In-person classes are useful for those who are unable to attend online classes because of limited
computer access, who need to see a teacher's face to remain attentive, or who recognize that
they are not disciplined enough to focus on an online class (instead of e-mailing, searching the
internet, etc.). In-person classes generally cost more than online classes in order to pay for the
physical space in which the class will meet.

When choosing an in-person class, consider the quality of the teacher, your schedule, and the
size of the class. If you thrive on in-person attention, look for a class size limit under 20. As you'll
see when you compare companies, there's a lot of discussion of the number of hours of
instruction that each company offers. It has actually become somewhat of an LSAT prep arms
race! While you obviously want to make sure your class will cover all the topics you need to learn,
some companies may offer more than you really need. Also notice whether the number of hours a
company boasts includes hours spent taking practice tests. Practice tests are, well, practice tests,
so they should not be counted towards class time.

Self Study

Some people set out to study for the LSAT on their own and do quite well. To do this effectively,
you'll probably need the following:

• A set of books covering the 3 sections.

• Practice exams (a lot of them!)

• Self-discipline (a lot of it!)

Self-study works well for those who can easily learn from a book and who are sure they will set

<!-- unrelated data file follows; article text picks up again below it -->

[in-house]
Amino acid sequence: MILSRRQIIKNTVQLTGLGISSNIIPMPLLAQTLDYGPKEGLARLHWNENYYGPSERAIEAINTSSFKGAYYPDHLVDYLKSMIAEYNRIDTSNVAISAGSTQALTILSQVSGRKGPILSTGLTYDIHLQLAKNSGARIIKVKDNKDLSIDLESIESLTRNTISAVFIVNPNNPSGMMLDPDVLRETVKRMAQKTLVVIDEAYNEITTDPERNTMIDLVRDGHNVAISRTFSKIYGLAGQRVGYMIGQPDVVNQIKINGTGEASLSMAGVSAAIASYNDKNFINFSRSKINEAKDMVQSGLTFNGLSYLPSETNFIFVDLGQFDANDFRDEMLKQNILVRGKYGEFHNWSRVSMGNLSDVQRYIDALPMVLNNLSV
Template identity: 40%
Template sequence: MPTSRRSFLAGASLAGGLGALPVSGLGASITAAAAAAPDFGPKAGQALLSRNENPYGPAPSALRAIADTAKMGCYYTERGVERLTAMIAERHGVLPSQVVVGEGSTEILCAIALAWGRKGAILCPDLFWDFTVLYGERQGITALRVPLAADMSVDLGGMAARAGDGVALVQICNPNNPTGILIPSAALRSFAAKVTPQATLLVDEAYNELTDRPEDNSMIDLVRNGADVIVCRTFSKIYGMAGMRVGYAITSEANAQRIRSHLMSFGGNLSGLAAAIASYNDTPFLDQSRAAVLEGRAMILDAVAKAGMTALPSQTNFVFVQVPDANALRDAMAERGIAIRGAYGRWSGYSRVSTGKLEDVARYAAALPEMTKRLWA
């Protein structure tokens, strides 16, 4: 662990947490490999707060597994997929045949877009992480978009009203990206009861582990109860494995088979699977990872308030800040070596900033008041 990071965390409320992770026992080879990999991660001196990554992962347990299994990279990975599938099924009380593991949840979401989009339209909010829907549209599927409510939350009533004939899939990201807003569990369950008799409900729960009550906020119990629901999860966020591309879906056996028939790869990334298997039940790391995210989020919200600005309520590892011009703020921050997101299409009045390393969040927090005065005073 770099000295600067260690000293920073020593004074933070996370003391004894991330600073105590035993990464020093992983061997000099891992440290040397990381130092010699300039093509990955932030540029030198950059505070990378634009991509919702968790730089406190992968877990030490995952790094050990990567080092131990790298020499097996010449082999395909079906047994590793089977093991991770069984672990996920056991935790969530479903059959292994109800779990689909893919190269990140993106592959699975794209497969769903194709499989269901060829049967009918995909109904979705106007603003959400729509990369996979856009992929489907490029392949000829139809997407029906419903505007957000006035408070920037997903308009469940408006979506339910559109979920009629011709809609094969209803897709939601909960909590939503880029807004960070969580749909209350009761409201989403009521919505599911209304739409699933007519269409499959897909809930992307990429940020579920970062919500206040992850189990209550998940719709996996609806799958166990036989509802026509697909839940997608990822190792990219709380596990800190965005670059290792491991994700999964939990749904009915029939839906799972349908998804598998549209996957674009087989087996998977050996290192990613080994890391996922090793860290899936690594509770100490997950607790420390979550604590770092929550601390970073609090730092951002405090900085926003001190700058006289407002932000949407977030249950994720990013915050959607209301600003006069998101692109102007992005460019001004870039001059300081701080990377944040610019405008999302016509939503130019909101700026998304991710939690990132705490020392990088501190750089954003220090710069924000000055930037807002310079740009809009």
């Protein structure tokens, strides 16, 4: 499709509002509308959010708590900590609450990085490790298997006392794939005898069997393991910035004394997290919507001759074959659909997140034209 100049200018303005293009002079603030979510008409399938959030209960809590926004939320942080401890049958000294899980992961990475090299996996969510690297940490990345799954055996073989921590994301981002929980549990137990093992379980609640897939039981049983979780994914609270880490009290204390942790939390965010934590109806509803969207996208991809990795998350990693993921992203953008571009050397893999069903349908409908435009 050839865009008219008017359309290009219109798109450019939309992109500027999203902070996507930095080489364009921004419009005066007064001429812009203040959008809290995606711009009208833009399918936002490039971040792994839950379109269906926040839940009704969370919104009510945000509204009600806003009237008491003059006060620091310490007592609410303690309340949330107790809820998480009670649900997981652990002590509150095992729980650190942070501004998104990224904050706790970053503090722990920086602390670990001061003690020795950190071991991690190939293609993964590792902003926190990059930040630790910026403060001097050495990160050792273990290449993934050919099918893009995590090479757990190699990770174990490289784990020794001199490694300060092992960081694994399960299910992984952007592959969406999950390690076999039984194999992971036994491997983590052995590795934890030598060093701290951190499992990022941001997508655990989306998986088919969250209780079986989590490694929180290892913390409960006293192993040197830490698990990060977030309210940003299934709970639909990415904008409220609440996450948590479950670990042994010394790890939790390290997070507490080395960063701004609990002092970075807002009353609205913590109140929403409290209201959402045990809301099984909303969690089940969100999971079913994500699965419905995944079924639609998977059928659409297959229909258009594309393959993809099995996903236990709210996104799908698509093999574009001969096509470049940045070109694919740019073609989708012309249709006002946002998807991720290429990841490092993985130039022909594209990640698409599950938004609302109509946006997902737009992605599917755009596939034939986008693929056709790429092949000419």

aside time to both read the books and take practice exams. Some companies offer live
assistance or recordings of classes to help you while you study, and these can be useful for
exploring some trickier question types that may stump you.

If you do the self-study route, avoid simply taking test after test. While your score will probably
increase, you may be missing chances to learn important lessons from the work you will have
done. It's important to learn and practice specific strategies and it's just as important to learn from
your mistakes. Use a book to learn strategies you might not develop on your own, keep a list of
all the problems that you find difficult or get wrong, and review those questions deeply. Notice
which problem types stump you most often and develop concrete strategies for them. And, of
course, be sure to practice with a stopwatch -- it's easy to give yourself a bit more than 35
minutes per section -- but rest assured that will not be the case on test day!

Other options

If you can afford it, tutoring is a great way to improve your LSAT score. In terms of personal
attention, nothing can match an extended series of 1 on 1 tutoring sessions. While 1 hour of
tutoring should teach you more than 1 hour of class, don't expect to be ready for the LSAT after
just a few sessions. Also, while there are many great tutors out there, it's safer to use one who
also teaches classes and has an understanding of a complete LSAT curriculum. It's easy for
amateur tutors to get tangled in specific questions and not move you along a path towards
mastery. That said, make sure your tutor is tailoring your work to your needs -- nothing is worse
than having a tutor simply walk you through a set class, regardless of your individual needs. At a
minimum, a good tutor will assign you homework on specific topics.
Finally, if you are on a budget and the choice is between a regular course (online or in person) or
working with an amateur tutor, if the class is well taught, you'll generally get more for your money
in the class.